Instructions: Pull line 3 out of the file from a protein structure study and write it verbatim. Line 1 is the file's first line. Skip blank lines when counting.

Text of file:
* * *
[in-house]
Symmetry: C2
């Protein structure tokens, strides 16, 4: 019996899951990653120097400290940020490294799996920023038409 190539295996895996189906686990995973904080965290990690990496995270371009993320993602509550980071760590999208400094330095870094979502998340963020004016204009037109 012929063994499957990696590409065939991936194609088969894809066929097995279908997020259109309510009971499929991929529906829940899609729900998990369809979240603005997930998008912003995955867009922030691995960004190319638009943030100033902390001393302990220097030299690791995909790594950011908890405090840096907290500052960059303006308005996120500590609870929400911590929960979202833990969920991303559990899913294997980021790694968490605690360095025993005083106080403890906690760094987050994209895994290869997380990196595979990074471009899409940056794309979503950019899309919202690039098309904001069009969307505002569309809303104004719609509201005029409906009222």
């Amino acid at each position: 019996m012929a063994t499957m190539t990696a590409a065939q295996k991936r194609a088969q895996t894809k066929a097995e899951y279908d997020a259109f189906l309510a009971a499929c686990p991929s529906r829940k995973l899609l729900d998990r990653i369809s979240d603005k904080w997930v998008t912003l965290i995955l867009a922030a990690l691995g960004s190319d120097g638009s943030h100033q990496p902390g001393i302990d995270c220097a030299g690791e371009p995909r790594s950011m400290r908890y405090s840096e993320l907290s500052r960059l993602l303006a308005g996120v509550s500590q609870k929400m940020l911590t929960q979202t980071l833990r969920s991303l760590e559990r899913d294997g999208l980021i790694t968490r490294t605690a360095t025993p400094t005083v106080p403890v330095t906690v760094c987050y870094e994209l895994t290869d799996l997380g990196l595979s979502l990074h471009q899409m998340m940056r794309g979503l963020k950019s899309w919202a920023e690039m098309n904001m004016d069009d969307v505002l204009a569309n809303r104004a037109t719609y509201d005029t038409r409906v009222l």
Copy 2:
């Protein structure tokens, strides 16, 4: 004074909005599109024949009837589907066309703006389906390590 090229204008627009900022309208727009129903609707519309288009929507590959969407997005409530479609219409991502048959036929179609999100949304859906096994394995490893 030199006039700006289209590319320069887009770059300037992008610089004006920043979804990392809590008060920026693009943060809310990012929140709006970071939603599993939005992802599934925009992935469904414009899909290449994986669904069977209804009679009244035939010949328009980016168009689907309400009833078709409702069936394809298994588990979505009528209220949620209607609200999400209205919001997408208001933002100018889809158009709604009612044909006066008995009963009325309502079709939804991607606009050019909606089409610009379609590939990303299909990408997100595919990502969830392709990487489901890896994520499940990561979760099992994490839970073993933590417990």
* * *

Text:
């Protein structure tokens, strides 16, 4: 019996899951990653120097400290940020490294799996920023038409 190539295996895996189906686990995973904080965290990690990496995270371009993320993602509550980071760590999208400094330095870094979502998340963020004016204009037109 012929063994499957990696590409065939991936194609088969894809066929097995279908997020259109309510009971499929991929529906829940899609729900998990369809979240603005997930998008912003995955867009922030691995960004190319638009943030100033902390001393302990220097030299690791995909790594950011908890405090840096907290500052960059303006308005996120500590609870929400911590929960979202833990969920991303559990899913294997980021790694968490605690360095025993005083106080403890906690760094987050994209895994290869997380990196595979990074471009899409940056794309979503950019899309919202690039098309904001069009969307505002569309809303104004719609509201005029409906009222």